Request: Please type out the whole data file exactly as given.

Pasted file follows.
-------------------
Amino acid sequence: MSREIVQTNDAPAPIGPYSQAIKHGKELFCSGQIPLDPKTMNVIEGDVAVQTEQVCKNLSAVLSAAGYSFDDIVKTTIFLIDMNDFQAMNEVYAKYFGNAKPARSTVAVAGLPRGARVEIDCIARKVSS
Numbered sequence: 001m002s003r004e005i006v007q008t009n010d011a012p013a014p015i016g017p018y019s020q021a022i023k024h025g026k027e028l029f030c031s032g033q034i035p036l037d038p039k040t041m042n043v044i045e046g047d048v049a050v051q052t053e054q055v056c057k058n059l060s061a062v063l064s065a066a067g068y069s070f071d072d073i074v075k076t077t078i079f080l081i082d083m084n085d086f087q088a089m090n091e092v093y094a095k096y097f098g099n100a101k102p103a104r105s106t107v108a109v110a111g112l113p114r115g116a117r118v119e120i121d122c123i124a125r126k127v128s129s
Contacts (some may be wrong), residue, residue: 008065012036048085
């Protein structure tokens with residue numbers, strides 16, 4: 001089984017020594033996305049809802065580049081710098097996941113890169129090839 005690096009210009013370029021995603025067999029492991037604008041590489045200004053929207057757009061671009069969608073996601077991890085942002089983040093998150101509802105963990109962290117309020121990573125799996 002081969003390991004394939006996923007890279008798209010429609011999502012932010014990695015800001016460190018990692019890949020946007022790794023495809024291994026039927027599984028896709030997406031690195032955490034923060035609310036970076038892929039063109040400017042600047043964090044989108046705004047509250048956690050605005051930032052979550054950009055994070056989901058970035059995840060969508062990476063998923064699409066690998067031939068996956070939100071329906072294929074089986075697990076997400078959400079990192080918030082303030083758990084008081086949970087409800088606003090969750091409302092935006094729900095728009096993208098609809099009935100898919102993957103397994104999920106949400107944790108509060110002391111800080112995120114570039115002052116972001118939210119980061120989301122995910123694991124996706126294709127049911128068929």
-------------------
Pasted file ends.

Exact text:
Amino acid sequence: MSREIVQTNDAPAPIGPYSQAIKHGKELFCSGQIPLDPKTMNVIEGDVAVQTEQVCKNLSAVLSAAGYSFDDIVKTTIFLIDMNDFQAMNEVYAKYFGNAKPARSTVAVAGLPRGARVEIDCIARKVSS
Numbered sequence: 001m002s003r004e005i006v007q008t009n010d011a012p013a014p015i016g017p018y019s020q021a022i023k024h025g026k027e028l029f030c031s032g033q034i035p036l037d038p039k040t041m042n043v044i045e046g047d048v049a050v051q052t053e054q055v056c057k058n059l060s061a062v063l064s065a066a067g068y069s070f071d072d073i074v075k076t077t078i079f080l081i082d083m084n085d086f087q088a089m090n091e092v093y094a095k096y097f098g099n100a101k102p103a104r105s106t107v108a109v110a111g112l113p114r115g116a117r118v119e120i121d122c123i124a125r126k127v128s129s
Contacts (some may be wrong), residue, residue: 008065012036048085
């Protein structure tokens with residue numbers, strides 16, 4: 001089984017020594033996305049809802065580049081710098097996941113890169129090839 005690096009210009013370029021995603025067999029492991037604008041590489045200004053929207057757009061671009069969608073996601077991890085942002089983040093998150101509802105963990109962290117309020121990573125799996 002081969003390991004394939006996923007890279008798209010429609011999502012932010014990695015800001016460190018990692019890949020946007022790794023495809024291994026039927027599984028896709030997406031690195032955490034923060035609310036970076038892929039063109040400017042600047043964090044989108046705004047509250048956690050605005051930032052979550054950009055994070056989901058970035059995840060969508062990476063998923064699409066690998067031939068996956070939100071329906072294929074089986075697990076997400078959400079990192080918030082303030083758990084008081086949970087409800088606003090969750091409302092935006094729900095728009096993208098609809099009935100898919102993957103397994104999920106949400107944790108509060110002391111800080112995120114570039115002052116972001118939210119980061120989301122995910123694991124996706126294709127049911128068929």